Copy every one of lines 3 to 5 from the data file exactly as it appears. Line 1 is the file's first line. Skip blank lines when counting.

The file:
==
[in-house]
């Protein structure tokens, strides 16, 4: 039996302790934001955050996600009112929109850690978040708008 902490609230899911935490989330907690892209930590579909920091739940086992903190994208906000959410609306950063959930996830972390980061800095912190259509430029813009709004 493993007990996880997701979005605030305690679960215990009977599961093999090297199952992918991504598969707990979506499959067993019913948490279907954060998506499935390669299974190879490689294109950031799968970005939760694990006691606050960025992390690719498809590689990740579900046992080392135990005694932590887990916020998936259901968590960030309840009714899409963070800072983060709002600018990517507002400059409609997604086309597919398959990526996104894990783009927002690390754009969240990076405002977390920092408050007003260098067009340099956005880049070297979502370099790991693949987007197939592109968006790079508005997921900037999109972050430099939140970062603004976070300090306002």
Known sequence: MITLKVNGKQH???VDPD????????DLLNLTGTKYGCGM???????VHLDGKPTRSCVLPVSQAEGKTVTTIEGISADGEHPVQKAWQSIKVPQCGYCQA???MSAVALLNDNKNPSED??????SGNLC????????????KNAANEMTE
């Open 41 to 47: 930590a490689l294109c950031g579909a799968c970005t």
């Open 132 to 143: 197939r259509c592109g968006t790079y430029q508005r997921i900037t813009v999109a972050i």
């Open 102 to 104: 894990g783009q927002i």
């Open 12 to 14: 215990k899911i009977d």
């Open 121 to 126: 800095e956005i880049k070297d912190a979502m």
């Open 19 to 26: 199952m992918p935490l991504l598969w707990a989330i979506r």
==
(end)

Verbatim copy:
Known sequence: MITLKVNGKQH???VDPD????????DLLNLTGTKYGCGM???????VHLDGKPTRSCVLPVSQAEGKTVTTIEGISADGEHPVQKAWQSIKVPQCGYCQA???MSAVALLNDNKNPSED??????SGNLC????????????KNAANEMTE
């Open 41 to 47: 930590a490689l294109c950031g579909a799968c970005t």
């Open 132 to 143: 197939r259509c592109g968006t790079y430029q508005r997921i900037t813009v999109a972050i």